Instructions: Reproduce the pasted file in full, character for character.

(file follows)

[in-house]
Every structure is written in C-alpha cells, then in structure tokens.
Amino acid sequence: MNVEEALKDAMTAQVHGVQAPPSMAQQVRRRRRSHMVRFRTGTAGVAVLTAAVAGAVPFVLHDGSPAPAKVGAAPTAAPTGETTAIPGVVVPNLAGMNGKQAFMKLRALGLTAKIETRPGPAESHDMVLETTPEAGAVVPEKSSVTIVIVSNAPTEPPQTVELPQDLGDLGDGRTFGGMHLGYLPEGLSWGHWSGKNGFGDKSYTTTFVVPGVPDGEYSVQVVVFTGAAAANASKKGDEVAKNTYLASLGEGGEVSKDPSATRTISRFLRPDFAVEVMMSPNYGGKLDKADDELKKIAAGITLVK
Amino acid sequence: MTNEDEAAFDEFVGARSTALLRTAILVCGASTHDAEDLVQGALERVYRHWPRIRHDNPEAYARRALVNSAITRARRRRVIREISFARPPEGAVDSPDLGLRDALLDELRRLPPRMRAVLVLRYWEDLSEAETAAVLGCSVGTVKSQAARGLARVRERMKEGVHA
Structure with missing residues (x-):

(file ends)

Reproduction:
[in-house]
Every structure is written in C-alpha cells, then in structure tokens.
Amino acid sequence: MNVEEALKDAMTAQVHGVQAPPSMAQQVRRRRRSHMVRFRTGTAGVAVLTAAVAGAVPFVLHDGSPAPAKVGAAPTAAPTGETTAIPGVVVPNLAGMNGKQAFMKLRALGLTAKIETRPGPAESHDMVLETTPEAGAVVPEKSSVTIVIVSNAPTEPPQTVELPQDLGDLGDGRTFGGMHLGYLPEGLSWGHWSGKNGFGDKSYTTTFVVPGVPDGEYSVQVVVFTGAAAANASKKGDEVAKNTYLASLGEGGEVSKDPSATRTISRFLRPDFAVEVMMSPNYGGKLDKADDELKKIAAGITLVK
Amino acid sequence: MTNEDEAAFDEFVGARSTALLRTAILVCGASTHDAEDLVQGALERVYRHWPRIRHDNPEAYARRALVNSAITRARRRRVIREISFARPPEGAVDSPDLGLRDALLDELRRLPPRMRAVLVLRYWEDLSEAETAAVLGCSVGTVKSQAARGLARVRERMKEGVHA
Structure with missing residues (x-):